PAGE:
Community is a congregation with a rich history of doing justice. Our outreach to the city includes our food pantry that serves our neighborhood. In justice, we seek to support racial and economic equity and we work for full inclusion of all LGBTQ+ people. Learn more about our Justice and Mercy work below. 

  • Feeding the Hungry

    We work with several partners to help eliminate hunger in Kansas City. Community's Food Pantry works with Harvesters and is open four times a month for local families. We also partner with both Micah Ministry and Artists Helping the Homeless

  • Supporting LGBTQ+

    Community is proud to work with the Kansas City Pride Community Alliance to host Proclaiming Pride to create sacred space that celebrates & empowers the LGBTQ+ community and allies in Kansas City. Community also provides space for the annual Transgender Day of Remembrance.

  • Racial Justice

    As people of faith, we are called to break down barriers that divide us by race and class. Community is a proud member of More2, a social justice organization committed to building a Kansas City that embraces all people and offers everyone the opportunity to achieve their greatest potential.

  • Welcoming Refugees

    Community's Welcome Home Team works with Jewish Vocational Services of Kansas City to help with refugee resettlement. We also support Catholic Charities and New Roots for Refugees by hosting an onsite seasonal Farmer’s Market. 

  • Helping Families

    Every holiday season, Community sponsors 100 foster kids to make their Christmas extra special! We also partner with Cornerstones of Care for regular giving drives.

Community Christian Church is situated on land once inhabited by the Kickapoo, Kansa and Osage. 

The United States government broke many treaties with the tribes and forcibly removed Indigenous people from their ancestral/native land. Overtime, indigenous people lost most of their reservation lands. The U.S. government rarely kept its promises to the First Nations, leading to generations of poverty and cultural nullification. By utilizing this land,, Community acknowledges our ongoing complicity in the oppression of these indigenous groups.

In 1996, the General Board of the Christian Church (Disciples of Christ) approved the formation of a church-wide process to discern the nature of racism in North America and to develop ways of helping congregations address racism. Out of this process, an Anti-Racism/Pro-Reconciliation initiative was created.

The Initiative calls the Christian Church (Disciples of Christ) to practice faithfulness with regard to the elimination of racism, which exists in all manifestations of the church, to discern the presence and nature of racism as sin, to develop strategies to eradicate it, and to work toward racial reconciliation.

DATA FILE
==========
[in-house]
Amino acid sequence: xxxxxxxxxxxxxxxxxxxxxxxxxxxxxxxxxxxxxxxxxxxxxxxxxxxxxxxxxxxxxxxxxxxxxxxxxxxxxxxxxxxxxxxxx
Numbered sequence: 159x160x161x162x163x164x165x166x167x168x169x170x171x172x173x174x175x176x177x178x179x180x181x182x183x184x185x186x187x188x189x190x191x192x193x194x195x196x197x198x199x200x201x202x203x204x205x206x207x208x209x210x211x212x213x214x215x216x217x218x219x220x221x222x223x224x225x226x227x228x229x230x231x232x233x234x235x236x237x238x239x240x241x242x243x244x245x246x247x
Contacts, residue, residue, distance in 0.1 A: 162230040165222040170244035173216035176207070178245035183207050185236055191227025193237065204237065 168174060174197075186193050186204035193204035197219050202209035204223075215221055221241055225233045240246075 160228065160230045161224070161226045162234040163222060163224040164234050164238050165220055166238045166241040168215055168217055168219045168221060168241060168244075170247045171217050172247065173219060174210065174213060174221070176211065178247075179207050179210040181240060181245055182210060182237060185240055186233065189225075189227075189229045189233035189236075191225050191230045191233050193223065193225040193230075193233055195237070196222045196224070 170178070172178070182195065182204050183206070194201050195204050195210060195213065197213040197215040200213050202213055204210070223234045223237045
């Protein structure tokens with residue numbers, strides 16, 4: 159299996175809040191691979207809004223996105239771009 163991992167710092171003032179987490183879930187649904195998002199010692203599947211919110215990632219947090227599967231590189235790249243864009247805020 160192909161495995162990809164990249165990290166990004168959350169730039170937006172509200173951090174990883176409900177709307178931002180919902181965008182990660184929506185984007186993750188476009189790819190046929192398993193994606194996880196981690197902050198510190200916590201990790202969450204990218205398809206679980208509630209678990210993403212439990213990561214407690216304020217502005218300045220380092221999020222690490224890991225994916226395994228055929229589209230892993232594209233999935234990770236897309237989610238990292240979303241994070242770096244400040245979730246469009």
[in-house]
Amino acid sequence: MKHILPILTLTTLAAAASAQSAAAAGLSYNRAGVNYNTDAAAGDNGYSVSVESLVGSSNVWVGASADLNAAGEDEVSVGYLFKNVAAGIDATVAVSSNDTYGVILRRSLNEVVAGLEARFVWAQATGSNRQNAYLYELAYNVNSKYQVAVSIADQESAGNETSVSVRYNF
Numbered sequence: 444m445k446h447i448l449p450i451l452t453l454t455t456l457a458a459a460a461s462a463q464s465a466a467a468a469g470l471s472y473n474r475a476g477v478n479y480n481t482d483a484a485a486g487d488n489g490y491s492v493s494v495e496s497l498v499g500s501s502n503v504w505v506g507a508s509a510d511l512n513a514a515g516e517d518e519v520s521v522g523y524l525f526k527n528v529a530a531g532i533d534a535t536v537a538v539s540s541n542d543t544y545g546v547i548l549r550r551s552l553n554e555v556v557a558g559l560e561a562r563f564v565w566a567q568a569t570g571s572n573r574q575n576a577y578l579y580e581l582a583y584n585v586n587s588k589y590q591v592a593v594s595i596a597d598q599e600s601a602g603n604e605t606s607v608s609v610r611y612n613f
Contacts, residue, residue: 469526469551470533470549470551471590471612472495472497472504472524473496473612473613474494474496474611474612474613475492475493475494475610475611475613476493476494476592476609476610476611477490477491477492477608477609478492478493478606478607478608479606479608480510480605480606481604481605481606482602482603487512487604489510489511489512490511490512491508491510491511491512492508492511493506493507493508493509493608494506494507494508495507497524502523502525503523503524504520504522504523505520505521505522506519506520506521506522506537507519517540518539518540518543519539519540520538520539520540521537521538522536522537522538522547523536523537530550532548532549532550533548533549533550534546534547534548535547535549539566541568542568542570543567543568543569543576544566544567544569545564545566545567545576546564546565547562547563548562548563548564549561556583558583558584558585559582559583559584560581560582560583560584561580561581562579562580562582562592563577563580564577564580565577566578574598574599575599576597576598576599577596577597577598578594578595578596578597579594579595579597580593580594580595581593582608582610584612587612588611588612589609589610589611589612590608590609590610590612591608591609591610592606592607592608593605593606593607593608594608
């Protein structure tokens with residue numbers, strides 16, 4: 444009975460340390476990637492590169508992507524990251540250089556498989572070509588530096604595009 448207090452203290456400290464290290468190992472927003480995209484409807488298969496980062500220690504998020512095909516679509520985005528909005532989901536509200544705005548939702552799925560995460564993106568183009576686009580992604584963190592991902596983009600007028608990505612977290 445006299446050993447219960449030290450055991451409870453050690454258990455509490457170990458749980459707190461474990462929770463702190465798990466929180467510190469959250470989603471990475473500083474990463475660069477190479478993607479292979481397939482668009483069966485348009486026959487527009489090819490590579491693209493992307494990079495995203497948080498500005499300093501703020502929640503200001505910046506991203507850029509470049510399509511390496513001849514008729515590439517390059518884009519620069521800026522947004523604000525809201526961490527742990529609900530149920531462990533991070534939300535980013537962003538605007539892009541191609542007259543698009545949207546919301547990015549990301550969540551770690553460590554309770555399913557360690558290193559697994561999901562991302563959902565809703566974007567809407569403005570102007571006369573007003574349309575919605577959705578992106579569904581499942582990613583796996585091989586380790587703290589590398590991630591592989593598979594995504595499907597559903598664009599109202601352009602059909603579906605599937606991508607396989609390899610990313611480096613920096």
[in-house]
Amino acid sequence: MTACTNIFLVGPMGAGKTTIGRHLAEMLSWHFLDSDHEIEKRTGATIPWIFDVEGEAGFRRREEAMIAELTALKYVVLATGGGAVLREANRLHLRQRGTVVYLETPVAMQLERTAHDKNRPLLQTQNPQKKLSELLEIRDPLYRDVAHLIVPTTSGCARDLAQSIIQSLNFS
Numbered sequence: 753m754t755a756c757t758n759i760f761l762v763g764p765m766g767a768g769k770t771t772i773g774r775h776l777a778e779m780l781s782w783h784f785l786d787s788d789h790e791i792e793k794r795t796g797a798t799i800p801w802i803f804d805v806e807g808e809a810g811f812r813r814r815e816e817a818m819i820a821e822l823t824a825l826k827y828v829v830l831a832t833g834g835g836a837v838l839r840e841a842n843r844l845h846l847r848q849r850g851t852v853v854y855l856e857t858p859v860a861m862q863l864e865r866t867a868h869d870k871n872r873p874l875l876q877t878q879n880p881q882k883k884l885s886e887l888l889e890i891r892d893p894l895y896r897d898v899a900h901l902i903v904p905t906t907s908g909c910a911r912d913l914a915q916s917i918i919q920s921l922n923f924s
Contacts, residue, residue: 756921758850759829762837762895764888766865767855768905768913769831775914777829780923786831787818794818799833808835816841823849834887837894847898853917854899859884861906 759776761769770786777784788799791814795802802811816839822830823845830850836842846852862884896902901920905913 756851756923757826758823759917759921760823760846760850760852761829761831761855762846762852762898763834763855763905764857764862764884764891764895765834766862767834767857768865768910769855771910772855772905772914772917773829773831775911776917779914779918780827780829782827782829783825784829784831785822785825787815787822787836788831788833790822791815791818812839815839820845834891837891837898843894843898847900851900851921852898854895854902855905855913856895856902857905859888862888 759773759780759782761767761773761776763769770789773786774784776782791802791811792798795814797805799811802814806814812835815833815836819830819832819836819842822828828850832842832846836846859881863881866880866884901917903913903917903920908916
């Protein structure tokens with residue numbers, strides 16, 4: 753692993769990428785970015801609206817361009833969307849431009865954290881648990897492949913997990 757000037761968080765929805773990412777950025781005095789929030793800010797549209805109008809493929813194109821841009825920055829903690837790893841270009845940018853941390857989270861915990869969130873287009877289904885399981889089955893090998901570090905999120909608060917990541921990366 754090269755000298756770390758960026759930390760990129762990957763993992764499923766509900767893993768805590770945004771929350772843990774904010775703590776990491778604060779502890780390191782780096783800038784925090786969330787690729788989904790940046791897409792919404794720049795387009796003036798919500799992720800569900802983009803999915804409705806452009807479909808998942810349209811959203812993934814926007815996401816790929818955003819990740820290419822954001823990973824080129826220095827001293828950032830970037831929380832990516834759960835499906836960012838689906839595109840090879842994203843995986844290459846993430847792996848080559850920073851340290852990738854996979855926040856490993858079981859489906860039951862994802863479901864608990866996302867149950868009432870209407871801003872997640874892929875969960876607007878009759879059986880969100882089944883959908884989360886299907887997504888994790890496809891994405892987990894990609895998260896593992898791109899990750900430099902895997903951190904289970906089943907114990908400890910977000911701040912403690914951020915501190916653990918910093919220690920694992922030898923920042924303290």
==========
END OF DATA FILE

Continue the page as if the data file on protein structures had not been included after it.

The Pro-reconciliation/Anti-Racism Initiative was founded upon the need to make visible God’s beloved community. It invites the church to listen to the once silenced voices of its racial/ethnic communities, learn from their wisdom and gain insight from their leadership. It calls the church to discernment and prayer, study of the scriptures and reflection, dialogue and table fellowship. The true goal is to transform, strengthen and deepen the church’s spirituality, resulting in a community that understands its mission to be about bringing justice and salvation to the world.

The Anti-Racism/Pro-Reconciliation initiative is based on these premises:

  • Racism is a spiritual and theological dilemma as well as a social evil;
  • Racist practice exists throughout the life of the church and needs to be addressed. The church needs to get its own “house” in order even as it looks toward being a transformational agent in the larger world;
  • Racism is a systemic problem with historical root causes;
  • Racism can be defined in many ways. This initiative is based on an analysis of racism that understands racism to be a combination of racial prejudice and institutional and/or economic power.
  • When conceived the initiative was based on a vision for the church as a place “where brothers and sisters of all races, languages, and cultures will grow towards God’s glorious realm, where all have a place at the table and none shall be turned away."

Want to get involved in Community's Justice and mercy work?

For more information about any of our Justice and Mercy initiatives, partnerships or programs, or to get involved in Community's Mercy and Justice work, please contact Rev. Stephen Underwood.